In Utero, Nirvana

 After my Foo Fighters obsession was in full bloom, I succumbed to Nirvana in the year 2000.  I vowed I would never listen to them—I hated Kurt’s voice and everything about the group.  But when I fell in love with Dave Grohl, head of the Foos and drummer for Nirvana, I found it harder and harder to avoid Nirvana.  So I gave in, and first listened to their breakthrough album Nevermind.  I bought a used cassette (that’s how long ago this was!) because there were pictures of Dave in it, and because I did not want to waste money in case I didn’t like the music.  I listened to it once and tried to not like it, I mean, I really wanted to hate it!  But I couldn’t.  So I then bought used copies of Incesticide and In Utero and listened to them repeatedly for weeks.  I eventually bought Bleach, their first album, even though Dave is not on it.  I was a confirmed Nirvana fan. 

I think this album is Nirvana’s most perfect work because it is their most personal, and that is what I needed to hear when I first picked it up.  I heard it the summer I was 27, and I was in major debt to multiple credit card companies, I really had no friends, my job was completely unfulfilling.  I needed a change, I needed to get away.  I had been listening to a lot of music that was new to my ears at the time, trying to make some dents in my boredom and self-torment, trying to write and get the hell out of the pointless life I had been leading.  Once I was fully consumed with Nirvana I read every book I could find about them, and I quickly became an authority.  Reading about the creative process made me want to create.  That is the best thing you can hope for as an artist.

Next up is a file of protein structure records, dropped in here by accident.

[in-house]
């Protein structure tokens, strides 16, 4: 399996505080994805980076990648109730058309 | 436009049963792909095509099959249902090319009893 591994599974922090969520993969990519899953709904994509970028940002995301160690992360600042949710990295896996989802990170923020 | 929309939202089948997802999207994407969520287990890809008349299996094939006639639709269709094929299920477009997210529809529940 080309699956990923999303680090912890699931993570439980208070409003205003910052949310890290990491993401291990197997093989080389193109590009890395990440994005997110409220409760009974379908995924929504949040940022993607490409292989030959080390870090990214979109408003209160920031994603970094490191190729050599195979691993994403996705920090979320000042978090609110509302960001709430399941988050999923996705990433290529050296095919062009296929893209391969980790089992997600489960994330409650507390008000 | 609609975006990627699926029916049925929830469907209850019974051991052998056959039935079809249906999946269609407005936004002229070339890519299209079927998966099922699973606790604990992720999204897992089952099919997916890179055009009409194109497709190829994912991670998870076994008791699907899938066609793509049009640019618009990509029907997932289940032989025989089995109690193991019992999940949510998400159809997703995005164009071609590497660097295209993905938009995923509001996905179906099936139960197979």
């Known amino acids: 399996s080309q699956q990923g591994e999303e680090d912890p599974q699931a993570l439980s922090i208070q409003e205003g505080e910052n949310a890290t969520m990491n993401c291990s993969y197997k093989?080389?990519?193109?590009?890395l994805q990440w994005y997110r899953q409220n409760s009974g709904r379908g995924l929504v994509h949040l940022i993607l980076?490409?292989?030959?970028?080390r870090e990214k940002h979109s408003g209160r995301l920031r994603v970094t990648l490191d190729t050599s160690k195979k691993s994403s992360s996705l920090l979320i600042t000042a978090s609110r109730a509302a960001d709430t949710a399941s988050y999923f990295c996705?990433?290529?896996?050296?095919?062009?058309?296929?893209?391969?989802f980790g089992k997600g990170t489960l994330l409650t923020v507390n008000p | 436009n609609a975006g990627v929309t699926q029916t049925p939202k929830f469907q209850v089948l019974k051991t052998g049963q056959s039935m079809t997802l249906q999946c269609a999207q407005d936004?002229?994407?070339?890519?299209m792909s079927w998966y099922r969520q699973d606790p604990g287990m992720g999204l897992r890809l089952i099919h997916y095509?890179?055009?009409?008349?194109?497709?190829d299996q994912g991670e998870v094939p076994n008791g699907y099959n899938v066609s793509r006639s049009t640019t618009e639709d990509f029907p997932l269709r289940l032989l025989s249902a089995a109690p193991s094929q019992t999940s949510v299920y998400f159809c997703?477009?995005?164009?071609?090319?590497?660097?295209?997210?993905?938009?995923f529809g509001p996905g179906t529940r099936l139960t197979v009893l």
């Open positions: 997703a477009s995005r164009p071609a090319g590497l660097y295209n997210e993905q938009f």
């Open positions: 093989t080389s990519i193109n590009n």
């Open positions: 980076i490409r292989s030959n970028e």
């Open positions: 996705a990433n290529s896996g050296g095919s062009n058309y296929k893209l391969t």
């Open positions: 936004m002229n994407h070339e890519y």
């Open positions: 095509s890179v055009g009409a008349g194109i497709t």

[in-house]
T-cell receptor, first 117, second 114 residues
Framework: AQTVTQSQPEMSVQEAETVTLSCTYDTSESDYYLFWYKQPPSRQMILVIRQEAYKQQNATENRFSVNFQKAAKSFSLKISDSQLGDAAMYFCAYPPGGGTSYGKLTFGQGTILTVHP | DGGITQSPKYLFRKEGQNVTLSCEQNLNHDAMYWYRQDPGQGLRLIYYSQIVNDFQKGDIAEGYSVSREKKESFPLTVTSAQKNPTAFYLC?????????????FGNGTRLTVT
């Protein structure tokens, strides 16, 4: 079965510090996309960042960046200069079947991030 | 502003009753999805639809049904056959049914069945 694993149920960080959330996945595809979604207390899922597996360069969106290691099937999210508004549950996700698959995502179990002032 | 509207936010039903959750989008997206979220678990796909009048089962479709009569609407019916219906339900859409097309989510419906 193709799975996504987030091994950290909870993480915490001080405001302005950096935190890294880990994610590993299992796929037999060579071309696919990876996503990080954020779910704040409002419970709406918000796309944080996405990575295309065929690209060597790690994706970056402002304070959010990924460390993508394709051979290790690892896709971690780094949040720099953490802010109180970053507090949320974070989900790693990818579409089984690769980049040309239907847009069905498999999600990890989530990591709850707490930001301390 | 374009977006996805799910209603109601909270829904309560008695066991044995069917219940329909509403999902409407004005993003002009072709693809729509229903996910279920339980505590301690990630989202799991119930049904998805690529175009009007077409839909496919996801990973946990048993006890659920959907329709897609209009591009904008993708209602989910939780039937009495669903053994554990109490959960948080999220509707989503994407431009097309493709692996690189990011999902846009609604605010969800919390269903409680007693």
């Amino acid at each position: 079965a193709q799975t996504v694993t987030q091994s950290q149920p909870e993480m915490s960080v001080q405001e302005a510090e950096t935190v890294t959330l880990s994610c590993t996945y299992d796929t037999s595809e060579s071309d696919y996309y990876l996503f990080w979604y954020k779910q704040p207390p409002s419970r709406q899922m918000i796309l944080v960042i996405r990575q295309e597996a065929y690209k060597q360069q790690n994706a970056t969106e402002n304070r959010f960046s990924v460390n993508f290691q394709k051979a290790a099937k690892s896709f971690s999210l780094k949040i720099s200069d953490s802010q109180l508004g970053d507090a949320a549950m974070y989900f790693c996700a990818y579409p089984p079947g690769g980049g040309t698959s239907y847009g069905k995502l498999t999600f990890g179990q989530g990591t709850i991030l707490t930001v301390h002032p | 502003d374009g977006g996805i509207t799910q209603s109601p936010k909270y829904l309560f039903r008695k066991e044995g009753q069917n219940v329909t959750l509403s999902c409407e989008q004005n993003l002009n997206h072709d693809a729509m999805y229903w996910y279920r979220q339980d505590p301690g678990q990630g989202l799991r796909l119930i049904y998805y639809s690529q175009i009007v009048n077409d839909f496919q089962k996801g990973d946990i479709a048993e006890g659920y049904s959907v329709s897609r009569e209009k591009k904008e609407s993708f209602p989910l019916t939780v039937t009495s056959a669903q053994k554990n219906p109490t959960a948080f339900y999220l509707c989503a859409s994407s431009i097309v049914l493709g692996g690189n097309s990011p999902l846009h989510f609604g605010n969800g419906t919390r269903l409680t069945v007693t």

“I miss the comfort in being sad.”  That is a great line, so very me.  It’s from “Frances Farmer Will Have Her Revenge on Seattle,” an awesome fucking song.  It’s this kind of lyric that draws me to this album more than any of their others.  I was depressed for many years, self-contained, self-effacing, and it was actually quite comfy.  I really relished my unhappiness.  It was my greatest creation, it was home, it was who I was.  I really saw no reason to get out of it.  I always wrote when I was depressed, and I always wanted to be a writer, so why would I want to be happy?  But the thing that caused me to stop writing regularly was not some sudden, unexpected jubilation—a lot of it was just not being in college anymore.  A lot of it was being dumped by my best friend.  He had been my muse for many years.  When I read the stuff I was writing at the time, I can see that, yes, I was writing constantly, but it was all the same bullshit, all about wanting to be with him but being denied.  It was all about wanting to die because I couldn’t be with him the way I wanted to be.  I was pathetic.  After he stopped talking to me I had no choice but to become more self-reliant, which was one of the reasons, he later told me, that he did what he did.  When I did find another best friend I could not let myself become so co-dependent.  As I struggled to understand why he left me, as I wondered what the hell to do next, I stopped writing.  I shopped like a crazy woman, I got more into debt, I whored around with my new best friend.  I had a great time!  And then my new BFF moved to New York.  For the next year I really didn’t do much but work and watch TV.  I wrote him long letters, but I wrote little else.  Still, I really wasn’t all that sad.  I was not suicidal, and I was not feeling sorry for myself.  I had my moments, off course, but it was not the drama that it used to be.  But I still wasn’t writing.